7. The credit card processor requests settlement for the transaction, and then the customer’s bank sends the funds to the merchant’s bank.
  8. The card processor removes any fees and deposits the purchase amount into the merchant account.

How Much Does Small Business Credit Card Processing Typically Cost?

The cost of using credit card processing varies due to different pricing structures. Fees can include subscription fees, transaction charges, chargebacks, and more.

Transaction fees are typically structured in one of a few ways:

  • Interchange-Plus: A fee is charged by the credit card network, plus a percentage on top of each purchase price.
  • Flat-Rate: A fixed rate for each transaction
  • Subscription: A monthly fee paid to the credit card processor, along with potential fees for each transaction.

Overall, credit card processors typically charge more for online transactions. If you have a primarily online business, look for a credit card processor that has low transaction rates. 

Another fee to consider is potential chargeback fees if a customer disputes the purchase. A small business especially can take a large hit from chargeback fees.

What To Search For In A Small Business Credit Card Processor

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A credit card processor isn’t a one for all solution, so you will need to research and choose a processor that will meet your business needs. Here are some critical features to consider when selecting a card processor for your small business.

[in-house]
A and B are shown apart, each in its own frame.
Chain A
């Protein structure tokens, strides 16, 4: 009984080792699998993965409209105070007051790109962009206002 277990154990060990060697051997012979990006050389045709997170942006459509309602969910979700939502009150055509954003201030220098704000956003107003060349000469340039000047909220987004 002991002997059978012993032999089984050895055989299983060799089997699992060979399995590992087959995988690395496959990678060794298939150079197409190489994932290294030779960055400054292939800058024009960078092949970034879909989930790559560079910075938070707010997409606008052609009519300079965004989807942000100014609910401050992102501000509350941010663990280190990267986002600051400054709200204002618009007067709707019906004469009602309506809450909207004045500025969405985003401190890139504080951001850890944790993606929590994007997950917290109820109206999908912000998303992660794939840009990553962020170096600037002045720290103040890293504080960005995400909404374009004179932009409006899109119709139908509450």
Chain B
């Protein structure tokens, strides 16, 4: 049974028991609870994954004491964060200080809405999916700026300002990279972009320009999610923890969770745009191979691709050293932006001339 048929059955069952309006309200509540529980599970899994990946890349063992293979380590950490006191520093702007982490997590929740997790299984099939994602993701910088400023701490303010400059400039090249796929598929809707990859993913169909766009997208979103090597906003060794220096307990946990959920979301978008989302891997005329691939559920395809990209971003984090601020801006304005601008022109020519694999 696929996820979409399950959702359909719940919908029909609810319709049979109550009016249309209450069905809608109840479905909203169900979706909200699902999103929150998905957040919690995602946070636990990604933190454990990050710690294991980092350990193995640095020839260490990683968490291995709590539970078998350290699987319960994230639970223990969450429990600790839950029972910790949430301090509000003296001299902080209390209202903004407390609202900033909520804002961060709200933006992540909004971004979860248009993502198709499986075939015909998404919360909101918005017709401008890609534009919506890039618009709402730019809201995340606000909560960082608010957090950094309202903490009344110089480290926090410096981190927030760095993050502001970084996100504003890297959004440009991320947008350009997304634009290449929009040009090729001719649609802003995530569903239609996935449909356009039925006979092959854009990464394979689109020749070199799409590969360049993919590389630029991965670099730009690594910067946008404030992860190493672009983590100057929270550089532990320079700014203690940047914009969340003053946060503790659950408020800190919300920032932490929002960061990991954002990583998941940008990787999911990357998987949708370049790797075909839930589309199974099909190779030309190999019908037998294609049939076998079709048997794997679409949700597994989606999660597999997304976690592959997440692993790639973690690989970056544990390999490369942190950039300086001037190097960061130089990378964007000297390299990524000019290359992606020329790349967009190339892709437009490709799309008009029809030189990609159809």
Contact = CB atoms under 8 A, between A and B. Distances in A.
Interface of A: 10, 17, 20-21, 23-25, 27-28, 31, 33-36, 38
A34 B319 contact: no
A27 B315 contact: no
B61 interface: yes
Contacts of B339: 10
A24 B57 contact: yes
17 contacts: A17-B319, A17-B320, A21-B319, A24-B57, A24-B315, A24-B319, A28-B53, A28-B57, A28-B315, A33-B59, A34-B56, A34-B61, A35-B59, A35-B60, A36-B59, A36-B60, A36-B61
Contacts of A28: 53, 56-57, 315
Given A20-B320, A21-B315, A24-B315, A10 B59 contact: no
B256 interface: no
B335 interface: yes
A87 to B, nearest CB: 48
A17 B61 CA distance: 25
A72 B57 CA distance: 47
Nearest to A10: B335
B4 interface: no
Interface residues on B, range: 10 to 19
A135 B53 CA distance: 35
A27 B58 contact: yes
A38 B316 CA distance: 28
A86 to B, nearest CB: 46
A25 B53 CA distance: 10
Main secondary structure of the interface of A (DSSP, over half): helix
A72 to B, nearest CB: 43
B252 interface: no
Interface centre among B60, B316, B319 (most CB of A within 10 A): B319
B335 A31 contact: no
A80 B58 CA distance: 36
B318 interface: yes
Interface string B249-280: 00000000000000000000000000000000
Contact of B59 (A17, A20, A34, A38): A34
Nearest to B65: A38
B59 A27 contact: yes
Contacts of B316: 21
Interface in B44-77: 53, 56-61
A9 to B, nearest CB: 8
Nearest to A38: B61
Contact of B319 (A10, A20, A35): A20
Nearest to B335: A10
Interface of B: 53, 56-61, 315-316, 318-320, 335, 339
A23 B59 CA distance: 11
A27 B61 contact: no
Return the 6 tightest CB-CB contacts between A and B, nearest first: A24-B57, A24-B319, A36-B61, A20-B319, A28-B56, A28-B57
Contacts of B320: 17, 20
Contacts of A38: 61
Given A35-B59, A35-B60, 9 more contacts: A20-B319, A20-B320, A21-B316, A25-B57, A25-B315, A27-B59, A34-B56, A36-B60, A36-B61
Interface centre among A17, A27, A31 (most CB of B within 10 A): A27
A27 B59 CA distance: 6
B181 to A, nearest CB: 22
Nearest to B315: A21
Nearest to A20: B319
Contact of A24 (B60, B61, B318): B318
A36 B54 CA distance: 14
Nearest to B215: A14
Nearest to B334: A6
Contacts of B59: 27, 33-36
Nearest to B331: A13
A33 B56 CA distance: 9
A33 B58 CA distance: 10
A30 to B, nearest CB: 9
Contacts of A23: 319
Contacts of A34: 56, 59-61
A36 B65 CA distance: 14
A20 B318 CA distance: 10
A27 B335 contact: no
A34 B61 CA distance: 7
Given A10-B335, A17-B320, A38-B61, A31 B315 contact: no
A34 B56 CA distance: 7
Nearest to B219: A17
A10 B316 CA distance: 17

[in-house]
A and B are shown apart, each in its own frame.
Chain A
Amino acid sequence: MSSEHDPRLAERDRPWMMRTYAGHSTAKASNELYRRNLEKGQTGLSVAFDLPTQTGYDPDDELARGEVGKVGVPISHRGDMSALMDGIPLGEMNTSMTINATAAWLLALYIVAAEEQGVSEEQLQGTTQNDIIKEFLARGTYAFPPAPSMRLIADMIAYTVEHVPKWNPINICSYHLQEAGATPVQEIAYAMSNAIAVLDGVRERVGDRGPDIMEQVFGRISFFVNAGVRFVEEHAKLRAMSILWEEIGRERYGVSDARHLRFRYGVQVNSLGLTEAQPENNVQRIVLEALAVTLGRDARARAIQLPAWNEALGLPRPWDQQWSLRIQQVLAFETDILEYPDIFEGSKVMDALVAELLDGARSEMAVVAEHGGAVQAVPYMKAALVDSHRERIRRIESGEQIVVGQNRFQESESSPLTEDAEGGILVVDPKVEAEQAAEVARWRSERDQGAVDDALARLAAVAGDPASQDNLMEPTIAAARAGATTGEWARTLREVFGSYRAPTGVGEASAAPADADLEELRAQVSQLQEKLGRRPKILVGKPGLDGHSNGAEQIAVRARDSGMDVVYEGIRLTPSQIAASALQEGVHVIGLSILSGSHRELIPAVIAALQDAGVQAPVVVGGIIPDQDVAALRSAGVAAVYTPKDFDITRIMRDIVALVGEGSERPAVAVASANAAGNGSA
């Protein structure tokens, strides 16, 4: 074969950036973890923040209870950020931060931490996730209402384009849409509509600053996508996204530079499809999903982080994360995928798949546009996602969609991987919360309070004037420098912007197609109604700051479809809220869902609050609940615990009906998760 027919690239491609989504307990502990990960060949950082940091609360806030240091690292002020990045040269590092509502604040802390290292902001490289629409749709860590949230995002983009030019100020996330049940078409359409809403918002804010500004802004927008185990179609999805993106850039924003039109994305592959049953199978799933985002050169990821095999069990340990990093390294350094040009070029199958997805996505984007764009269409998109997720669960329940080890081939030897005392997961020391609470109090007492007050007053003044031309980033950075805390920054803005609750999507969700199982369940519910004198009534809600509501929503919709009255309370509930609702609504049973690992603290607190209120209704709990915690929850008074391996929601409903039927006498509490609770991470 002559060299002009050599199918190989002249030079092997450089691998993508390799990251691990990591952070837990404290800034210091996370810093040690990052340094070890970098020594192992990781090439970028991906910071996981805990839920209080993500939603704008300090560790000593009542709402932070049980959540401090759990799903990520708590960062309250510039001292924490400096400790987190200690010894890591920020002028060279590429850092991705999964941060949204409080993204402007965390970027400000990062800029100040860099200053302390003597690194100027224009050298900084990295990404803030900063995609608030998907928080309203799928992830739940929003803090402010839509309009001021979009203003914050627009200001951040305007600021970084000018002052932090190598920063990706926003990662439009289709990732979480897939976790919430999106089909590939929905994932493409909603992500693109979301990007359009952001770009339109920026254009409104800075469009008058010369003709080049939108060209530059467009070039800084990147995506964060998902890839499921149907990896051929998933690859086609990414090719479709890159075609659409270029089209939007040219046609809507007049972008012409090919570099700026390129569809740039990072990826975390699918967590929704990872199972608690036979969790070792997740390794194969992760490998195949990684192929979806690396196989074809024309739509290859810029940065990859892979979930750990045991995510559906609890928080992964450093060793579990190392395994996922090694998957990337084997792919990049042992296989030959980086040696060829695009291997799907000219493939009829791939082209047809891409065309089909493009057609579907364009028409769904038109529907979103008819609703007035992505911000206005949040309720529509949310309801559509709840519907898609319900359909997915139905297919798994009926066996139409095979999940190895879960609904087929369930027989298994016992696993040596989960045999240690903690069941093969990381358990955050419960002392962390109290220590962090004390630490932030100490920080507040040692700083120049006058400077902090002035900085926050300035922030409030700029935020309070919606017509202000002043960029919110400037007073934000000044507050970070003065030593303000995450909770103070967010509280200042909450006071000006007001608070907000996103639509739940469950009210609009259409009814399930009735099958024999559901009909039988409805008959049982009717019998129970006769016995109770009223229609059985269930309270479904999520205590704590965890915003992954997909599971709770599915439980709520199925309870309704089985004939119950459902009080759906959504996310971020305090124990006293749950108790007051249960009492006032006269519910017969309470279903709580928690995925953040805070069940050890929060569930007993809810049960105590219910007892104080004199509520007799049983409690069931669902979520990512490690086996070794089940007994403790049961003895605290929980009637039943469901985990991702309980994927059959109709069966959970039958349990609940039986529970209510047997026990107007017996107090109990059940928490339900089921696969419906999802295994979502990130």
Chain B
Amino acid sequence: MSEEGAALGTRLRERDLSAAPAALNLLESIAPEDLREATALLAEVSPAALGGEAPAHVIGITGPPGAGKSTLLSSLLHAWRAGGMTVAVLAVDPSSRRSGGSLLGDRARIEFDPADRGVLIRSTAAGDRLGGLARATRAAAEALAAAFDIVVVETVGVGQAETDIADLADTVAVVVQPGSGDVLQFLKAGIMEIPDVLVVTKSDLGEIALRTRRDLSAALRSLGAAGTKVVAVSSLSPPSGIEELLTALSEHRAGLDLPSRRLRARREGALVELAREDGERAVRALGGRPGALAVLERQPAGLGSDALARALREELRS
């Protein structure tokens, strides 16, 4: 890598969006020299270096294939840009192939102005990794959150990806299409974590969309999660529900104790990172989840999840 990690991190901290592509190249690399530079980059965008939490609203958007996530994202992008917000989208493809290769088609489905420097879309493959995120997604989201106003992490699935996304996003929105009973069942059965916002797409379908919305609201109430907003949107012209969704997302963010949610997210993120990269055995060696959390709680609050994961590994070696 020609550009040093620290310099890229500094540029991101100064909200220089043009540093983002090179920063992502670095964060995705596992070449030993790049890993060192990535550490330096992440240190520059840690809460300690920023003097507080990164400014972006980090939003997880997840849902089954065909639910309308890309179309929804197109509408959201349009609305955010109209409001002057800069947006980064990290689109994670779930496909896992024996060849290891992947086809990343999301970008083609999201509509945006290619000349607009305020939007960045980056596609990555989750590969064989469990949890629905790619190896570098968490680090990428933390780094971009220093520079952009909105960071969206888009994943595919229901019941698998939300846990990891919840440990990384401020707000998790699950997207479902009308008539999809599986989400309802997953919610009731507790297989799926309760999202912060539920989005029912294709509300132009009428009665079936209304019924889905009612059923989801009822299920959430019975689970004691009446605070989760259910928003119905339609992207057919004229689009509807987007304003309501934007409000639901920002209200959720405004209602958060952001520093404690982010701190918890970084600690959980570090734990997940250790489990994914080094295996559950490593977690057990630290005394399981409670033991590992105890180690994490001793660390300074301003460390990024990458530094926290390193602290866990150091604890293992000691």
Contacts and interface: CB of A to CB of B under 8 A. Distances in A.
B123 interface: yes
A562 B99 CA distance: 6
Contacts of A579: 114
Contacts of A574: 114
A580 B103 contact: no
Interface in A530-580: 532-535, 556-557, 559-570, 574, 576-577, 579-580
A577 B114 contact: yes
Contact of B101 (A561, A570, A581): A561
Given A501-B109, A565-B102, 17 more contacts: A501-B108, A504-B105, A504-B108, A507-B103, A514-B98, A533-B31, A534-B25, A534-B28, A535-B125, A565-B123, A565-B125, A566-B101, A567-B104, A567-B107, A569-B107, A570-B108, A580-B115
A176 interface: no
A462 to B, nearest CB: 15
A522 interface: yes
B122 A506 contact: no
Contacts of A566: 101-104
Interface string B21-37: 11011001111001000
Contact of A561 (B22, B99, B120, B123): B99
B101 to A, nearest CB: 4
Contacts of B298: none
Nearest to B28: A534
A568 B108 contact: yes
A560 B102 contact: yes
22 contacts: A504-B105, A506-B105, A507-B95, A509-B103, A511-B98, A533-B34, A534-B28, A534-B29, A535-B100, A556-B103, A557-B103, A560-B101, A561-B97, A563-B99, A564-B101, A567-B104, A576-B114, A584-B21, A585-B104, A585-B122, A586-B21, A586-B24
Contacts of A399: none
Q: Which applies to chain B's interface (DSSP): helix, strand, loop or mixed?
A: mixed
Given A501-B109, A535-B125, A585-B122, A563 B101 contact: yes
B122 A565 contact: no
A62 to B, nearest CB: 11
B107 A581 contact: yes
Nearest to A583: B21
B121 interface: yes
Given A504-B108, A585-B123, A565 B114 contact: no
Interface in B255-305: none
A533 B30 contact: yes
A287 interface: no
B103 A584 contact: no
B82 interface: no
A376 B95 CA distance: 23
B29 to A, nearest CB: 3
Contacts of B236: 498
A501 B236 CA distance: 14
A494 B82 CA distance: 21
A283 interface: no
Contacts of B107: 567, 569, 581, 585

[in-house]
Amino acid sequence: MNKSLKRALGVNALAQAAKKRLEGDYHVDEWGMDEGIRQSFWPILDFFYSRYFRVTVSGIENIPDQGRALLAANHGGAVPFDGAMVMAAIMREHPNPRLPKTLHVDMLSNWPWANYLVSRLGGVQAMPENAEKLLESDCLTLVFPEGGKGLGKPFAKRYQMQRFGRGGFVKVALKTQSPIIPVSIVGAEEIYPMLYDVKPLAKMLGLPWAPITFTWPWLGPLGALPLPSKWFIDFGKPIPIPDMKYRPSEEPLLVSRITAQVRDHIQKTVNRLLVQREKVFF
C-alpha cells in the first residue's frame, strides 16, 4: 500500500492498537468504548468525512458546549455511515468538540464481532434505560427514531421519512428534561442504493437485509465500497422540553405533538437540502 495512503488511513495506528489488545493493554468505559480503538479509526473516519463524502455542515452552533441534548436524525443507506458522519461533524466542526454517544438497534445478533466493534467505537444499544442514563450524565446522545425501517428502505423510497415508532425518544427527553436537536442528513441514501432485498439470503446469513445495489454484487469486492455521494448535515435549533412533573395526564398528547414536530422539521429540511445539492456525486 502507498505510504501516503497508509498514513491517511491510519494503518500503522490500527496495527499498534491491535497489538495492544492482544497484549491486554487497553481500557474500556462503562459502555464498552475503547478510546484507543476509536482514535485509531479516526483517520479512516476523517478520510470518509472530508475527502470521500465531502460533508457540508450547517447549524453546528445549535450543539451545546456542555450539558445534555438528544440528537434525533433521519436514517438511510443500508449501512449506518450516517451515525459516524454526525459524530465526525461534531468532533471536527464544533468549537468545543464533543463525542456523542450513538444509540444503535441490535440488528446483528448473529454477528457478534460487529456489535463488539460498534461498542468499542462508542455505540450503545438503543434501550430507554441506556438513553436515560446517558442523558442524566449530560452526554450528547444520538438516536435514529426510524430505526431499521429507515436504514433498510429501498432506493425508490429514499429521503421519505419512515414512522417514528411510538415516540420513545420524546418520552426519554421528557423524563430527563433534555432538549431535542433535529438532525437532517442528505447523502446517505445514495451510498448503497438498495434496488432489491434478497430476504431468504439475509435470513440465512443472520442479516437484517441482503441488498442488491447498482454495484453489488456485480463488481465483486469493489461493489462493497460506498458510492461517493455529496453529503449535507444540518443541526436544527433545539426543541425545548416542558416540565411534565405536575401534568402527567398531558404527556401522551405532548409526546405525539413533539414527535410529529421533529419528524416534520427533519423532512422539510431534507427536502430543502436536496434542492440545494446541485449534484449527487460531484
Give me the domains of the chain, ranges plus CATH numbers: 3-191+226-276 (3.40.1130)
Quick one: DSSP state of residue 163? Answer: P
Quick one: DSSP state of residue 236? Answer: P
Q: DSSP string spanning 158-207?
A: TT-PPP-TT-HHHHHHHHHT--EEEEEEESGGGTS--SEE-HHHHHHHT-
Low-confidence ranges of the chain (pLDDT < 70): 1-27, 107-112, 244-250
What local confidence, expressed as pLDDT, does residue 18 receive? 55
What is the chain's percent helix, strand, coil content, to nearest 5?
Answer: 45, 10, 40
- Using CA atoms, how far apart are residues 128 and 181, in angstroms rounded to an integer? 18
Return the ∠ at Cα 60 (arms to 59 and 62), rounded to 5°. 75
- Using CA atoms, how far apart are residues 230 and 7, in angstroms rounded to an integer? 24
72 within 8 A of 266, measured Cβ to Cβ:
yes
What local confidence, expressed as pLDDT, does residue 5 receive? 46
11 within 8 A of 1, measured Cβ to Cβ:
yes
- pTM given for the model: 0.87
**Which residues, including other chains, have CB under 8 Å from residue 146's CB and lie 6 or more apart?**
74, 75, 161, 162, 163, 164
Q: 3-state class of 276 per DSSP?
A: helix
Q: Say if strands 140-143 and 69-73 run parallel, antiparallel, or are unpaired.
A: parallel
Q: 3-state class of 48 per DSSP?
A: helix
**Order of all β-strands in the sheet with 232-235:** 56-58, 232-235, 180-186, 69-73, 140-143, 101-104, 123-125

1- Consider All Costs

With credit card processing, transaction fees are given. However, it is common to see other costs. If you use a payment gateway, the processor may charge a payment gateway fee. A processor may also charge a contract cancellation fee if they have contracts.

Other common charges include:

  • Setup fees
  • Monthly minimum fees
  • Statement fees
  • POS software fees
  • Terminal fees
  • PCI compliance fees

Certain processors have low transaction fees but then sneak all these other hidden fees into their costs. Choose a card processor that is transparent about its pricing and any additional fees involved.

2- Consider What Payment Tools Your Business Needs

Another consideration is what kind of POS system you need. This can reduce the number of card processors available to you. If you have an in-store business, you may need a card reader that accepts chip cards and all other major credit cards. 

You may also find you need a solution for gift cards, prepaid cards, ACH payments, mobile payments, and more. You may also need a virtual terminal for your website. No matter what solution you need, ensure that the card processor you choose offers those solutions. 

3- Security

Due to the threats when accepting credit cards, such as fraud, chargeback, and other technical issues, you will want to guarantee that the card processor you choose has excellent security features. 

Around 43 percent of cyberattacks target small businesses. You will want to ensure the card processor you choose provides modern and up-to-date security, including PCI compliance and more.